Rising Fuel Prices, the Paris Air Show and More
Travel Blog • Rob Verger • 06.16.09 | 3:12 PM ET
What’s the fuel bill to fly a 757-200 across the country, from New York to Los Angeles?
That, at least, was the cost of the fuel burned on a recent transcontinental Delta flight I was on, according to the flight’s captain. Out of 7,500 gallons of fuel on board, we burned about 6,760 gallons.
Clearly, the price of fuel is hugely important for airlines. And rising prices aren’t helping.
“Fewer people are flying for business or pleasure as the nation remains mired in recession,” USA Today reports. “The airlines took a financial hit this spring when the H1N1 virus—or swine flu—kept wary travelers off planes, particularly to Mexico. Now, rising fuel prices threaten to cut into revenue.” (The International Air Transport Association reports that the average price of fuel for the week of June 5 was $75.60 per barrel.)
Delta, for example, is dealing with all of this by, not surprisingly, further reducing capacity. The carrier “said it would cut more seats than planned, reducing capacity systemwide by 10% compared with last year,” USA Today reports. “Available seats on international flights will be cut by 15%, 50% more than it said in March.”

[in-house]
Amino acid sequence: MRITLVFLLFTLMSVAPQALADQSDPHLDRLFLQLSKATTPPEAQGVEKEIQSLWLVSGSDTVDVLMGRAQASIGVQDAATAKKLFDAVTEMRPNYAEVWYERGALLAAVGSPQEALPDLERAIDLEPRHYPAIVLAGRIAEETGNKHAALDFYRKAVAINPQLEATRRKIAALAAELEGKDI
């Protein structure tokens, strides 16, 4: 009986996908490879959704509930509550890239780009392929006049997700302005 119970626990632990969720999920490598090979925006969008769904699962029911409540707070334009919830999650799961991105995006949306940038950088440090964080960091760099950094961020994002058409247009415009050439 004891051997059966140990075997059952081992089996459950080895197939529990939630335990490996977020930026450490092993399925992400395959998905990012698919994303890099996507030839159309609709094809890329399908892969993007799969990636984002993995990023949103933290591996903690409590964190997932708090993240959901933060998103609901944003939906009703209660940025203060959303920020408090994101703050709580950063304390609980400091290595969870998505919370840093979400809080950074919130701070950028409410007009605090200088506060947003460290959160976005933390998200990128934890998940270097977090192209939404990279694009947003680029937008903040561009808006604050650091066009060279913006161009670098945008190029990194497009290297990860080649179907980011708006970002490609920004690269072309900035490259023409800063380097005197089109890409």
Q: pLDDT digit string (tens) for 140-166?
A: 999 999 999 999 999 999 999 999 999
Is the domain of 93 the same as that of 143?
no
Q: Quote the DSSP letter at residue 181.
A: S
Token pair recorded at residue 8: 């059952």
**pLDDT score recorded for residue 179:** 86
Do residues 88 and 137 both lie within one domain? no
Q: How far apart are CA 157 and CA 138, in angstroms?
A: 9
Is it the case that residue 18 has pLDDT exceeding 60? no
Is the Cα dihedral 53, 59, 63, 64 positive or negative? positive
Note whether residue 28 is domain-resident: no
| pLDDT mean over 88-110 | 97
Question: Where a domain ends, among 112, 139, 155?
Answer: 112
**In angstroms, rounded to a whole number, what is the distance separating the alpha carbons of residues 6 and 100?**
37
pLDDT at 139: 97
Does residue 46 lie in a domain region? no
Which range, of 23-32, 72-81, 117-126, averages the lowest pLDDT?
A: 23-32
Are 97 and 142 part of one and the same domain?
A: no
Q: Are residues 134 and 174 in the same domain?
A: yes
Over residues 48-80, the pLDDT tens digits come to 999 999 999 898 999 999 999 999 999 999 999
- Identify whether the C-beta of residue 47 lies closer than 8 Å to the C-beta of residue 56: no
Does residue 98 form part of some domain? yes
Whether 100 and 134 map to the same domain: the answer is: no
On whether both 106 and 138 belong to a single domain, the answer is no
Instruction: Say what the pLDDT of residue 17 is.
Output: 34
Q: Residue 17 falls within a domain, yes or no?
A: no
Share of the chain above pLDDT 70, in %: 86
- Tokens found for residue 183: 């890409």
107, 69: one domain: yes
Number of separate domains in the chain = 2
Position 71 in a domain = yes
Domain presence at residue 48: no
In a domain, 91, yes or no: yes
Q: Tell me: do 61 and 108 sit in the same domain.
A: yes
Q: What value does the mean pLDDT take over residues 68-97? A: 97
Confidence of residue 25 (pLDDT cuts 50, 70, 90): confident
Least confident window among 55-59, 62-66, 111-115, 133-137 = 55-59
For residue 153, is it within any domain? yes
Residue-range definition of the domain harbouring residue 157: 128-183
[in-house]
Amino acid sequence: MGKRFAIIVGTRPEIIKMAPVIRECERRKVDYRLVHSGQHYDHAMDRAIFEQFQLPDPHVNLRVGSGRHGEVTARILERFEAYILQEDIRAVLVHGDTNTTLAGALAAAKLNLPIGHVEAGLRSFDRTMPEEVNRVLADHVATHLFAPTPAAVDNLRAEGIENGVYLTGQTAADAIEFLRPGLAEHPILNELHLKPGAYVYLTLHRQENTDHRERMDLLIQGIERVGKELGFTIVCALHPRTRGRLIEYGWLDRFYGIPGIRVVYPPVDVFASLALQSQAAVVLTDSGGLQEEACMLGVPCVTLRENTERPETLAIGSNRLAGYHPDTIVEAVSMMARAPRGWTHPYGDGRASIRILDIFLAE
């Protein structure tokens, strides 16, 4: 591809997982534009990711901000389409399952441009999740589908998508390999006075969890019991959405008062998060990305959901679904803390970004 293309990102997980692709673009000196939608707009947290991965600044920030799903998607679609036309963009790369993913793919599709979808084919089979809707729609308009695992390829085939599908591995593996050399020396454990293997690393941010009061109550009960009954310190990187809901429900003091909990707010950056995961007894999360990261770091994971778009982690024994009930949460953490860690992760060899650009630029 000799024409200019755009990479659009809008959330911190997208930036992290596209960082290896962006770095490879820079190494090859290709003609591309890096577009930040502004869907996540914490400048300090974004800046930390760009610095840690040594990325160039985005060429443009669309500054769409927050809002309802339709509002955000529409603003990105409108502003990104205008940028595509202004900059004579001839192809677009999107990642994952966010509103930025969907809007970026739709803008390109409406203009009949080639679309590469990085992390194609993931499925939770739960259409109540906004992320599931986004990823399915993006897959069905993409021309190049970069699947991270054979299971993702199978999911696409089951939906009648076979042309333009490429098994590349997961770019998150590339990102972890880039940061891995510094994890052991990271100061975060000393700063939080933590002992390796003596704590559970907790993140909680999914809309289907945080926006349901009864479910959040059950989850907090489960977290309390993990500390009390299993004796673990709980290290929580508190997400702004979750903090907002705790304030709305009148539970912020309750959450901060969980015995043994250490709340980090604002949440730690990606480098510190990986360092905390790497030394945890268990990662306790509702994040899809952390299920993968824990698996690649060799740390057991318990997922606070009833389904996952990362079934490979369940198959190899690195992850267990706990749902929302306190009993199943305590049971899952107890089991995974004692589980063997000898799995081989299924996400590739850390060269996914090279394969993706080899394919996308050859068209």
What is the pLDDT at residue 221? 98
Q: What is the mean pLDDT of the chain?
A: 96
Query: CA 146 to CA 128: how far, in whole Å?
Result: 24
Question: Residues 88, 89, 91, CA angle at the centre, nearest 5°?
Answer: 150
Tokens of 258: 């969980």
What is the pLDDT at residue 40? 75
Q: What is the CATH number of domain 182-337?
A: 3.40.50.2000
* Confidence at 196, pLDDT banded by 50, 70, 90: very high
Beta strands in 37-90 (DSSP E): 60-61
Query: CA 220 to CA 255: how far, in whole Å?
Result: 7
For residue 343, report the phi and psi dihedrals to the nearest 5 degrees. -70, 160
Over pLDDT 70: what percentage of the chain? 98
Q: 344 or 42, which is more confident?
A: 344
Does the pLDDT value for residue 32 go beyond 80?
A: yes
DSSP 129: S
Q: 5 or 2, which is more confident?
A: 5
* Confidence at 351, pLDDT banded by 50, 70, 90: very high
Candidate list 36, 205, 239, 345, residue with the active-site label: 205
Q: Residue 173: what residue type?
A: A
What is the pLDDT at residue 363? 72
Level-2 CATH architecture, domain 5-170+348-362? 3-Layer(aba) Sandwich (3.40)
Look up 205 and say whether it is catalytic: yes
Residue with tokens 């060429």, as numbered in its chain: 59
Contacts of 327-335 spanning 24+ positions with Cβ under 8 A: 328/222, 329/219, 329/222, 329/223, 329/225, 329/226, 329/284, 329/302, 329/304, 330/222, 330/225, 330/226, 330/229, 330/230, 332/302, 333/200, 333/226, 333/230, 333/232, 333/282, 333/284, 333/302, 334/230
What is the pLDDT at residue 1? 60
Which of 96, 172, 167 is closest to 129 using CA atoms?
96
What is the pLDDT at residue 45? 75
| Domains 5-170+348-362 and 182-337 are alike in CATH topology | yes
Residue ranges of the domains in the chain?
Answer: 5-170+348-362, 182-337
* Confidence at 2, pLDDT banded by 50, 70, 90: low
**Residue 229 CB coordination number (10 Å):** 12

Meanwhile, the Paris Air Show is taking place this week. The New York Times has this special report and nice retrospective slideshow. For people interested in receiving updates from the show on Twitter, I recommend following @flightblogger and @RunwayGirl, both bloggers for Flight International who are at the show.
And, in the background to all this, the search goes on in the middle of the Atlantic, hundreds of miles from the coast of Brazil, for clues about what happened to Air France Flight 447. “In the deep waters of the mid-Atlantic,” the AP reports, “a Dutch ship towing a high-tech, U.S. Navy listening device was to began trolling Monday in search of the flight data and voice recorders that investigators say are key to determining what caused the Air France jet to crash into the ocean with 228 people on board.”